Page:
Squish 8.1

Squish is a professional automated GUI testing framework for testing Android, iOS, Java, Qt, Tk, and Windows applications, as well as HTML-based web applications running in browsers, such as Apple Safari, Firefox and other Mozilla-based browsers, Google Chrome, and Microsoft Internet Explorer and Edge.

SeeFor
Release NotesNew features and other changes in each Squish version
InstallationInstalling Squish on the supported platforms from binary or source packages, and special requirements for testing Android, iOS, OCR, Qt, or web applications
TutorialsGUI-toolkit-specific tutorials that cover the main Squish features and usage
How to Create Test ScriptsDetailed descriptions and examples of how to create test scripts
How to Test Applications - SpecificsDetailed descriptions and examples of anything specific to testing Android, iOS, Java, Mac, Qt, Tk, Web, or Windows applications
API ReferenceScript APIs used by Squish test scripts
Tools ReferenceSquish tools functions
IDE Referencesquishide windows, views, dialogs, and keyboard shortcuts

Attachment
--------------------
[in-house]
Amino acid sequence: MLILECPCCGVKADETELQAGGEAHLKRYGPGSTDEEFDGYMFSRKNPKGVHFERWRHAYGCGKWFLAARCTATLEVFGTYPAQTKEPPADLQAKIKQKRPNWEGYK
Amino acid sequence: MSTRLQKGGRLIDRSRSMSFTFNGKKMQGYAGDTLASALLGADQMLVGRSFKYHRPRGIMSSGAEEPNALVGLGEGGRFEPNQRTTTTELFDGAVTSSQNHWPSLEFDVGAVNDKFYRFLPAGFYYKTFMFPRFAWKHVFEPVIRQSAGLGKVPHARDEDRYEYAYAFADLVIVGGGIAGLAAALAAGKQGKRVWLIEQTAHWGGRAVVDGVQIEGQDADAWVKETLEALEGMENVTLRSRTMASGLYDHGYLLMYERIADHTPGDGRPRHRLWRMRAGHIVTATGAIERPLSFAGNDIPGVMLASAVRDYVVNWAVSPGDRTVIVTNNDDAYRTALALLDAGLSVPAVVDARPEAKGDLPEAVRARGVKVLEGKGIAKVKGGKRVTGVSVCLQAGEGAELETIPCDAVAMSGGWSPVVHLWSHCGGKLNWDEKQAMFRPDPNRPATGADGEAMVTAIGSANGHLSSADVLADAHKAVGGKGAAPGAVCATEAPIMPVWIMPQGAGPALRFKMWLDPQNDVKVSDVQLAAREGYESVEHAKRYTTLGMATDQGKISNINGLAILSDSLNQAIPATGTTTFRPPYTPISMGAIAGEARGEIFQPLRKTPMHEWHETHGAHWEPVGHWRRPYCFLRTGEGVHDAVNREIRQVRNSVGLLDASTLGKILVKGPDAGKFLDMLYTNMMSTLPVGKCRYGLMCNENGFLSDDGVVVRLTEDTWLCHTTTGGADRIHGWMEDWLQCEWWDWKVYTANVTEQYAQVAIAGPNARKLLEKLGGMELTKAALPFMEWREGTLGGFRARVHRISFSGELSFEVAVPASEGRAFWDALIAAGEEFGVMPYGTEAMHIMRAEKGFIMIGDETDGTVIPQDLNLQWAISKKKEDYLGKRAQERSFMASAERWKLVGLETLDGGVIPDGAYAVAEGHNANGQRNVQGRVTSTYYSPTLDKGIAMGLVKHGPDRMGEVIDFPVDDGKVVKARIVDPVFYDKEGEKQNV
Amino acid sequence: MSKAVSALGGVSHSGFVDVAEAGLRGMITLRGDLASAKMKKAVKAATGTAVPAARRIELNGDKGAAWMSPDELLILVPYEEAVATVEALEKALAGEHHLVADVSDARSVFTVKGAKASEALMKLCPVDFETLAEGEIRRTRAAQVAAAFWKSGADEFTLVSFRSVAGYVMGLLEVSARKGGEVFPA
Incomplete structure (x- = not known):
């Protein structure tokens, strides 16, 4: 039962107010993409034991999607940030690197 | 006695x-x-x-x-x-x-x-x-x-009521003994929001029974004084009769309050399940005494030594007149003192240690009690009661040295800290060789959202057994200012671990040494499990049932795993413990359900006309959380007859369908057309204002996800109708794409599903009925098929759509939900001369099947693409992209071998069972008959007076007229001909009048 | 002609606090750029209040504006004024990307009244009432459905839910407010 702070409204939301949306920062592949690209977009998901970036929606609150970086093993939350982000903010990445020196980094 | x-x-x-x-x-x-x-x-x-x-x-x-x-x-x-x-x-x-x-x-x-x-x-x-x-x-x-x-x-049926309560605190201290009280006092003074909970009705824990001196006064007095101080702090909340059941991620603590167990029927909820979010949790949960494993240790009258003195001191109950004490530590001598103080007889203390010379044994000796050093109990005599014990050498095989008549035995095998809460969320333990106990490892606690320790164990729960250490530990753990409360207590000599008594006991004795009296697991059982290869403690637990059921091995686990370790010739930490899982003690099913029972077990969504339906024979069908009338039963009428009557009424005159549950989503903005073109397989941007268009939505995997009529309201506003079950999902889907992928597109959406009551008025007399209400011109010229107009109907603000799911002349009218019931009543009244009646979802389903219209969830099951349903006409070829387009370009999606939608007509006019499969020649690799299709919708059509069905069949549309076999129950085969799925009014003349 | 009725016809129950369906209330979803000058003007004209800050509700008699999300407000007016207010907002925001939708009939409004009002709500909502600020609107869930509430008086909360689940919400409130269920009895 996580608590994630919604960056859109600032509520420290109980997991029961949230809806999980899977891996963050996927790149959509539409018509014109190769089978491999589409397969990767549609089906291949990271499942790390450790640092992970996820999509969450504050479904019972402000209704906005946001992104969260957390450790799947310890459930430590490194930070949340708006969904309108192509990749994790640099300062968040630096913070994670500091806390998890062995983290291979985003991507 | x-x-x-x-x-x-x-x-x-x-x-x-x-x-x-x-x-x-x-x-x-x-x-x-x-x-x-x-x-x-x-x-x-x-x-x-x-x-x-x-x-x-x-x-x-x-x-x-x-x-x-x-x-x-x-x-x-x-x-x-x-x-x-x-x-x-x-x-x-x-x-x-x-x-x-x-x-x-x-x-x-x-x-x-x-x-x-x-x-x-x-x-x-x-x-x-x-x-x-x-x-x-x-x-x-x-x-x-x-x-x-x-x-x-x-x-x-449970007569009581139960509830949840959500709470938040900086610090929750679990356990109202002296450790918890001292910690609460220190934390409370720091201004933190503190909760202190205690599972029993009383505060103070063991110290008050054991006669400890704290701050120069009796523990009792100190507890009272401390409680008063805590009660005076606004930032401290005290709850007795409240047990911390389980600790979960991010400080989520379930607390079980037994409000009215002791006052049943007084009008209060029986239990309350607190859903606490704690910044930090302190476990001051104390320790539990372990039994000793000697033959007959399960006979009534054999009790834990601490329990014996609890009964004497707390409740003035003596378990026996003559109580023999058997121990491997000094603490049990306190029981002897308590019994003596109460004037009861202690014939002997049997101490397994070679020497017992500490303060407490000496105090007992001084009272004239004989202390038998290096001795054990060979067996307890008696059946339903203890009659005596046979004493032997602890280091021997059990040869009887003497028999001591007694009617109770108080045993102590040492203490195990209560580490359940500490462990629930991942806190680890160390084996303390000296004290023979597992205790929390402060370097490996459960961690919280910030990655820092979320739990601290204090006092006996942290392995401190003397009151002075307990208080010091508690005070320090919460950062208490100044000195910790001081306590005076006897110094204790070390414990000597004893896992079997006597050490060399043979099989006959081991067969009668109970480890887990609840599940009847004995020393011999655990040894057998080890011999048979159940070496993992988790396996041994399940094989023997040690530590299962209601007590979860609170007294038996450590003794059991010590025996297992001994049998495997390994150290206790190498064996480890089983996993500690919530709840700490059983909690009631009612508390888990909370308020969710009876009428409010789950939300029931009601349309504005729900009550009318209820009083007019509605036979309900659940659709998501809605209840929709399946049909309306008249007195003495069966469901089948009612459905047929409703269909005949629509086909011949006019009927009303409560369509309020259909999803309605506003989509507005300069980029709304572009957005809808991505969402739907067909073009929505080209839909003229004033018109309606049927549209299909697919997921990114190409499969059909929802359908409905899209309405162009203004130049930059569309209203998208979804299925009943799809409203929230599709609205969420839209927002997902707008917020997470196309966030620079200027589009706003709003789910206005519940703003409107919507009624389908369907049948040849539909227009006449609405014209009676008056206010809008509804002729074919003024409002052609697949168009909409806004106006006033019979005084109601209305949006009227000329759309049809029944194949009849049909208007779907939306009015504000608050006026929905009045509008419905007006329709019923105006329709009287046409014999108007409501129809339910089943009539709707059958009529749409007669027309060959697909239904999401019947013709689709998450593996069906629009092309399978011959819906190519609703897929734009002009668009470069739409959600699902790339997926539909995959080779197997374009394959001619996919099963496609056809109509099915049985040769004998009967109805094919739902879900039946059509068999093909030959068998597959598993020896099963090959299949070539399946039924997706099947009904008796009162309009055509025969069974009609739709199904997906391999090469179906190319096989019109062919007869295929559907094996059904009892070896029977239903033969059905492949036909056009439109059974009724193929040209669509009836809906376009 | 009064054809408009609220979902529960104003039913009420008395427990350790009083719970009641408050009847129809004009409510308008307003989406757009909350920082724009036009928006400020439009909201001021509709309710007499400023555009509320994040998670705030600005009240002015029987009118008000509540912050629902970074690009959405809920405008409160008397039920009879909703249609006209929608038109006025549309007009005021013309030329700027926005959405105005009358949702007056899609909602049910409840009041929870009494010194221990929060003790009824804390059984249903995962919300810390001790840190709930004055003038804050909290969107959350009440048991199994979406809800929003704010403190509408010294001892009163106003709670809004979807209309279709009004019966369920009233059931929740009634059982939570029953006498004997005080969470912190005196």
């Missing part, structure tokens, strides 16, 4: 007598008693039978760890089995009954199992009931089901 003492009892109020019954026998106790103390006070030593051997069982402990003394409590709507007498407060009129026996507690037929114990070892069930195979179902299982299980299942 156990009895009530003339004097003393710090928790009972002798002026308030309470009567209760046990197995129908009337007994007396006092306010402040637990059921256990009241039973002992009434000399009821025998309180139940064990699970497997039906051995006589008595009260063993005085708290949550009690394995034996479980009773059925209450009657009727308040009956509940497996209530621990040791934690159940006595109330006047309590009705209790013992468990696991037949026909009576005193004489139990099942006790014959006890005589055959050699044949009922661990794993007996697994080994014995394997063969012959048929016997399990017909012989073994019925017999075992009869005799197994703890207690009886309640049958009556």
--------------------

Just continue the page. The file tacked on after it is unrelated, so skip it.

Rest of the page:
Add-Ons ReferenceAdd-Ons functions
Frequently Asked QuestionsSolutions to typical issues
GlossaryExplanations of main concepts and terms
IndexList of Squish functions and other useful terms
License InformationLicense agreement and copyright acknowledgments for third-party software
Training CourseOnline course on Basic Squish Usage offered by {Qt Academy}
Knowledge BaseFor More Squish-related hints, tips, tricks, and examples

Look and Feel Differences

Squish runs on Linux, macOS, various Unices, and Windows. Each of these platforms has its own unique look and feel—right down to the ordering of buttons in dialogs or sheets, and in the case of macOS the arrangement of menus and menu items. Furthermore, the appearance of applications can vary depending on the theme being used.

Therefore, the squishide screenshots shown in this manual may look different from the squishide that you see running on your own computers. This does not affect Squish's functionality, but sometimes when you look for a particular toolbar, dialog, or sheet button, it may not be in exactly the same place in your squishide as shown in a screenshot.

Look and feel differences don't stop Squish from being able to do cross-platform testing. This is because Squish identifies GUI objects by their properties rather than by, say, their coordinates. This means that a Squish test suite that tests an application running on one platform can be used unchanged to test the same application running on another platform, even if say, the order of dialog buttons is different on the two platforms.

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